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Dungeon Generation Problems

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#1 Lith   Members   


Posted 30 March 2012 - 08:07 AM


I am working on a simple method of generating dungeons for my game. So far, I have a system that will generate rooms in random places of random sizes but I need a way to connect them to eachother with corridors.

I read that the way in which I connect the rooms and make corridors will give the feeling of the dungeon, so I don't think that using a pathfinding algorithm that connects the midpoints of all the rooms would be very interesting. There is also the problem of making sure every place is reachable.

Can someone suggest how I could connect the rooms?

#2 Álvaro   Members   


Posted 30 March 2012 - 08:27 AM

I remember reading a few ideas about this here. Give it a try.

#3 Naros   Members   


Posted 30 March 2012 - 08:28 AM

Your dungeon generator needs to consider a number of factors.

I'd first by saying I'd consider having a tiled type map/grid where I give the generator 1000x1000 blocks to work with. Each room can consume a specific minimum/maximum number of blocks in my grid. Each room generated has both an entry point and an exit point that the generator uses to connect them after rendering the location and size of the room. The generator uses the grid to place the rooms somewhat adjacent to one another and after you know it's placement, the generator would use smaller blocks to create corridors between the rooms.

Another idea would be that your dungeons aren't randomly generated but part of the designer developed map. What actually becomes random would be the creatures that you want to have spawn in your dungeon as your players move through them. Another variety is you use a variety of static maps you design and with the use of "teleporters", the dungeon spawner determines which of the static maps are chained together and in what order and your players traverse the dungeon this fashion.

A few good examples of the later exist in the latest World of Warcraft model which adds some variety to the same dungeon while keeping it somewhat familiar and consist to the player when they return back to that dungeon.

Both all models would work well depending upon your intent.
Good luck!

#4 laztrezort   Members   


Posted 30 March 2012 - 09:21 AM

Probably the simplest I can think of that produces good results (depending on your needs, that is) is using a binary space partition tree, like what is described here: http://roguebasin.roguelikedevelopment.org/index.php/Basic_BSP_Dungeon_generation. It guarantees connectivity, and also allows a simple way to designate separate areas of the map for containing, for example, entrances and exits. You can also look through the other articles on that site for other ideas.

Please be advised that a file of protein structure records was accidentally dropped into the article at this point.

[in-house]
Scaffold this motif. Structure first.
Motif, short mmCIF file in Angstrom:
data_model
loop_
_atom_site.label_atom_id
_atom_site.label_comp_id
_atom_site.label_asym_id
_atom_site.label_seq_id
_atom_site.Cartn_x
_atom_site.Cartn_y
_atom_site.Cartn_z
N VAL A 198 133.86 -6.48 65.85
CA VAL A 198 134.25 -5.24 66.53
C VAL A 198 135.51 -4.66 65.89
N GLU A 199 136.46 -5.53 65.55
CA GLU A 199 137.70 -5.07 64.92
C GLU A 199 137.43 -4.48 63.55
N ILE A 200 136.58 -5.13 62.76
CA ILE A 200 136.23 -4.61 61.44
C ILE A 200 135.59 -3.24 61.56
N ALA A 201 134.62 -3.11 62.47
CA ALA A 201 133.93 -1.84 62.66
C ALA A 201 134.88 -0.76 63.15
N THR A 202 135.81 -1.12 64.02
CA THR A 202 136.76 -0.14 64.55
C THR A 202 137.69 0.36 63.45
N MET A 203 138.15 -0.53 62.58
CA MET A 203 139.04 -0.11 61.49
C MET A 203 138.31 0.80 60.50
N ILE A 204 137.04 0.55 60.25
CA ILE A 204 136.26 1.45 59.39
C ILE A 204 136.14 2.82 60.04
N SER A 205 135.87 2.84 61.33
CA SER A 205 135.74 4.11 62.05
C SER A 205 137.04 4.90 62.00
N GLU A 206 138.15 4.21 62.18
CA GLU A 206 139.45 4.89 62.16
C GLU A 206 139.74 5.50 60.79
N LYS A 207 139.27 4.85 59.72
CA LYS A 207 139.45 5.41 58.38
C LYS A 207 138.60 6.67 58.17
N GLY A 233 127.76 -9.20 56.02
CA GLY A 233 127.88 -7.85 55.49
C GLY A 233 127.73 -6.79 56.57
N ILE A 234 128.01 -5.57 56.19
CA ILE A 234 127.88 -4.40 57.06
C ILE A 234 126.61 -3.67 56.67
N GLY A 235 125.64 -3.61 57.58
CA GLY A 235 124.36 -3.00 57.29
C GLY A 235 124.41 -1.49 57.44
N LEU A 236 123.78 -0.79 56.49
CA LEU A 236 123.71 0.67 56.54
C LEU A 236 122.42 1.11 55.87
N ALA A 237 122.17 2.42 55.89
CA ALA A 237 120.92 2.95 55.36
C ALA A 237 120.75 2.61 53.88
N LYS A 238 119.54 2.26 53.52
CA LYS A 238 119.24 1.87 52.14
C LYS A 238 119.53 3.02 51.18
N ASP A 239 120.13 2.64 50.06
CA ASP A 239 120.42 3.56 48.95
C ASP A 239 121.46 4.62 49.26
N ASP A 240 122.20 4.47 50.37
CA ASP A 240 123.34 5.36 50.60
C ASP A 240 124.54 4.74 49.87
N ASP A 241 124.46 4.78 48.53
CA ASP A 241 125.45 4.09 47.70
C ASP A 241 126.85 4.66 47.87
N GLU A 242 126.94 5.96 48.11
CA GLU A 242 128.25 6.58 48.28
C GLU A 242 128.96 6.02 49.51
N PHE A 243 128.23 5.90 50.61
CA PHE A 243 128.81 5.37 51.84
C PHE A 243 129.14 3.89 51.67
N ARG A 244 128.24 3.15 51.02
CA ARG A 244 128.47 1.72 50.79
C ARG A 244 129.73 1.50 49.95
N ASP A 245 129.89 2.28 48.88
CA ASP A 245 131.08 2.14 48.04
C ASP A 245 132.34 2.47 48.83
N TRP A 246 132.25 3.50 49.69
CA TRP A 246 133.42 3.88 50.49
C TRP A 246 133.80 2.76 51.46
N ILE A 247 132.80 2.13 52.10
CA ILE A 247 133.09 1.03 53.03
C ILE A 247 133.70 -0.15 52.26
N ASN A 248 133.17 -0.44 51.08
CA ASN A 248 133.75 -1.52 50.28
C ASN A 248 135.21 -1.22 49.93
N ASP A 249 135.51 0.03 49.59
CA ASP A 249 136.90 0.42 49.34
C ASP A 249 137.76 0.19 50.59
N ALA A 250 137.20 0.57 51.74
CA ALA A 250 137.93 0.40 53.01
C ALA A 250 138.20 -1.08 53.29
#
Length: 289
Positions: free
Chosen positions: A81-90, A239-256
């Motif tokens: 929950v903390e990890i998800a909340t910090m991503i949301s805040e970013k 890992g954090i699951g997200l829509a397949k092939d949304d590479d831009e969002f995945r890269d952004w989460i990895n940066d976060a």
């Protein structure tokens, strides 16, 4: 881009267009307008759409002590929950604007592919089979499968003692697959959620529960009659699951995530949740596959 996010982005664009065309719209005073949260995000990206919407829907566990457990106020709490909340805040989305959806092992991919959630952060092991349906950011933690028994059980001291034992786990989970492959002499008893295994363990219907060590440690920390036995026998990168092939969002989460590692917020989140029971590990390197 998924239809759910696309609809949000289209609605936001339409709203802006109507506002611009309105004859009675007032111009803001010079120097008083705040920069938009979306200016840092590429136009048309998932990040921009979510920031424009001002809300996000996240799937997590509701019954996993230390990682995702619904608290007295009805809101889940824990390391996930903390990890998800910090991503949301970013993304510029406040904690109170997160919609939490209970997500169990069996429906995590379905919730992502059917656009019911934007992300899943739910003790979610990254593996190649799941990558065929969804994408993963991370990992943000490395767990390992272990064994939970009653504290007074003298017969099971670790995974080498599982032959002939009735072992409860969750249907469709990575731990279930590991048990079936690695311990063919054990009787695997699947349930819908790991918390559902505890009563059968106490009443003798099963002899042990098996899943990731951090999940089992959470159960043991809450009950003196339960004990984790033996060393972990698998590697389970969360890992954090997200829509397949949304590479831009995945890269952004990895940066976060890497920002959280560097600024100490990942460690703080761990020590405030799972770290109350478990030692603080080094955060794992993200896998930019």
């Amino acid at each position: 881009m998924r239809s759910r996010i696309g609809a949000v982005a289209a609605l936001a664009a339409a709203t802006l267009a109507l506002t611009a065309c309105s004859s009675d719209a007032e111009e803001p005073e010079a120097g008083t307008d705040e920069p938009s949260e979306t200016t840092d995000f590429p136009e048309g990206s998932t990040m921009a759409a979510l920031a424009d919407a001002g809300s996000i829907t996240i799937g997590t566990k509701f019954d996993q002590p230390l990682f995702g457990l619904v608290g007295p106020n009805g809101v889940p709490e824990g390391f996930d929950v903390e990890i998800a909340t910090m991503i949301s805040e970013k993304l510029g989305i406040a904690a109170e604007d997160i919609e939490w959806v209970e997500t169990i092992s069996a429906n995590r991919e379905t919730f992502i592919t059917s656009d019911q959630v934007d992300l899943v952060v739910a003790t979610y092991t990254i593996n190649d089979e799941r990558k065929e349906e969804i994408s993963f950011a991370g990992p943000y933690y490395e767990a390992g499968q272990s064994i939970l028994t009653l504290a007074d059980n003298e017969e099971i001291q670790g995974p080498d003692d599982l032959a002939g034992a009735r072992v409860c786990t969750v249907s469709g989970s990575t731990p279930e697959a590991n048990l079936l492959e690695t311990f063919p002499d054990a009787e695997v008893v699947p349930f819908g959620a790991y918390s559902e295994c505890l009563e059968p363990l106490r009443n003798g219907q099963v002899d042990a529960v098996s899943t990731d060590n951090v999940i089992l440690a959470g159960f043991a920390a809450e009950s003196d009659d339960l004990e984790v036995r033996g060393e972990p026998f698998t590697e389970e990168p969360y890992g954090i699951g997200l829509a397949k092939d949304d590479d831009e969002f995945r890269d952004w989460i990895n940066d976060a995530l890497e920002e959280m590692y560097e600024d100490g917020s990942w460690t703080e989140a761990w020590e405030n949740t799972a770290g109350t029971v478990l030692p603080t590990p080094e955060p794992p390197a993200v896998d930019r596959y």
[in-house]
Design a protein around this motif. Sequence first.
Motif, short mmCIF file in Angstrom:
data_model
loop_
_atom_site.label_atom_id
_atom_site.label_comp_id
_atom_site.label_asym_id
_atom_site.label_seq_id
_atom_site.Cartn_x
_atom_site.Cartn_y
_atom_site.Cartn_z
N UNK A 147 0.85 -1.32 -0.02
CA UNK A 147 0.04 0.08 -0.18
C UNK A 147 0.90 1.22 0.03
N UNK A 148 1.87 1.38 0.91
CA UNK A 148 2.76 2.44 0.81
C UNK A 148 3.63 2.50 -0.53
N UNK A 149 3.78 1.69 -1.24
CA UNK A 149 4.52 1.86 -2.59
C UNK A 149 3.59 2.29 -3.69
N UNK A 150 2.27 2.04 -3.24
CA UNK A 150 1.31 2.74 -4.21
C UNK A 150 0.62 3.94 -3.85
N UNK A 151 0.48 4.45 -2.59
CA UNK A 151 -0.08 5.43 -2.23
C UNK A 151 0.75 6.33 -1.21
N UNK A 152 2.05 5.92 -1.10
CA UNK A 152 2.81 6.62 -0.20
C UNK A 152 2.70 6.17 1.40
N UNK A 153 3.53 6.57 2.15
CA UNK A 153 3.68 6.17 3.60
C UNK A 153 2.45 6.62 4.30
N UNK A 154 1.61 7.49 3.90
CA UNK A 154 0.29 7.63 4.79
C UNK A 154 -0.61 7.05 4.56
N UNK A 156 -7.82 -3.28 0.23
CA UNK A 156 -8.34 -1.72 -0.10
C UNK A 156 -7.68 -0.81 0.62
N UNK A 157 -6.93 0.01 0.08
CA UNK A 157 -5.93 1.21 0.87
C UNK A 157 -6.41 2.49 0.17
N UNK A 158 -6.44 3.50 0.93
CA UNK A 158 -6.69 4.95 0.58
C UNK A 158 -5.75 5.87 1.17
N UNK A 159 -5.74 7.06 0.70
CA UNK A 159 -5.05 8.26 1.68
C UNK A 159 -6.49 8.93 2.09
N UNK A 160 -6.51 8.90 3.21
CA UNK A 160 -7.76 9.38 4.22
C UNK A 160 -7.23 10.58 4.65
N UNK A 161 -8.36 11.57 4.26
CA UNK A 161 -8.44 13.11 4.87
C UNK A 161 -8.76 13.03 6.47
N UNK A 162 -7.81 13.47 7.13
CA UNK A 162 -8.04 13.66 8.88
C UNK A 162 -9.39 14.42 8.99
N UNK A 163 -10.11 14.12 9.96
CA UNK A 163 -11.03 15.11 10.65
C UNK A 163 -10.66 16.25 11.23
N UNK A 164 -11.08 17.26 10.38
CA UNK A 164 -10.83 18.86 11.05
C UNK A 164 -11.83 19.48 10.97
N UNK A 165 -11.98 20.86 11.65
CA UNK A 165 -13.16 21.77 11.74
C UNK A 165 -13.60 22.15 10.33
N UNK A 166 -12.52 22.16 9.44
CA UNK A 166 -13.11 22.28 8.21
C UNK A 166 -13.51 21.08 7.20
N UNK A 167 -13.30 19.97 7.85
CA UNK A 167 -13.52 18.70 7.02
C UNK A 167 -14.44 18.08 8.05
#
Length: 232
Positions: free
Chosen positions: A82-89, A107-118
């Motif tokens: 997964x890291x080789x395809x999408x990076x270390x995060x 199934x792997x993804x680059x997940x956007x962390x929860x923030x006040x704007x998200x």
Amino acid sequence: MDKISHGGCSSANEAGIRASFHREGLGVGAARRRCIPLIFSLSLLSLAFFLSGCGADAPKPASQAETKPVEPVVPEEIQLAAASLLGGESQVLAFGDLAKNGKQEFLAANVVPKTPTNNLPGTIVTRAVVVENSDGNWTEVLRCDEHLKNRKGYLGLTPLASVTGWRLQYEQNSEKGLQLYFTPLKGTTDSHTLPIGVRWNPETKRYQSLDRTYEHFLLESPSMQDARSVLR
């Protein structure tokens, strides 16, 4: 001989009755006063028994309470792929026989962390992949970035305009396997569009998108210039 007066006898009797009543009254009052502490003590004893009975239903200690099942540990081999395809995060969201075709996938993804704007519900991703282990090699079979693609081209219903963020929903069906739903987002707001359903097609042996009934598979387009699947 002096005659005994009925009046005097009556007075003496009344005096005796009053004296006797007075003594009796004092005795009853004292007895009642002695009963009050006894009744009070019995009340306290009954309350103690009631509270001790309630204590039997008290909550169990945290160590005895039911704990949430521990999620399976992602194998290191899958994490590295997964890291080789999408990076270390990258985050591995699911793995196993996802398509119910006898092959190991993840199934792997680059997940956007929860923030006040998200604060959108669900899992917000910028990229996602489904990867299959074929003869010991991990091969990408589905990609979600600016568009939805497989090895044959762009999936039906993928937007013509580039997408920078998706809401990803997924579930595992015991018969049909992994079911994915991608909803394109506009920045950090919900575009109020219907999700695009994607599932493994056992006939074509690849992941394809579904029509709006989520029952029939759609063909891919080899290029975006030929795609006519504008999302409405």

However, I must say that having experimented with all of this before, getting truly random dungeons while maintaining good results (variety, consideration of other gameplay elements, etc.) can get very complicated very quickly.

#5 menyo   Members   


Posted 31 March 2012 - 09:49 AM

I would really use a path finding system to connect the rooms. You could "force" it to travel a certain direction before it changes so you won't get very "wiggly" corridors. Just give your rooms numbers and once you connect a room scrap the number from the list. You could also start with 1 room then a corridor add another room and corridor and loop. With this way you will get a linear dungeon or if you make multiple corridors from a single room you end up with a lot of dead ends, this could be fixed with some extra logic though. While defining your rooms you could add a doorway to use for the pathfinder. Also keep in mind to leave tiles in between rooms for corridors and walls.

for natural caverns you could use somekind of brush that travels the map and paints the dungeon. I used a rectangle that represented tiles, make a random length for it to travel then check if there is room for it and travel that length while you adjust the width of the rectangle and "paint" each step. Make it so it sometimes overlaps already painted sections and when it gets close to the edge of the map it should prefer a opposite direction a couple of steps. This could end up in really long narrow caves with larger open area's.

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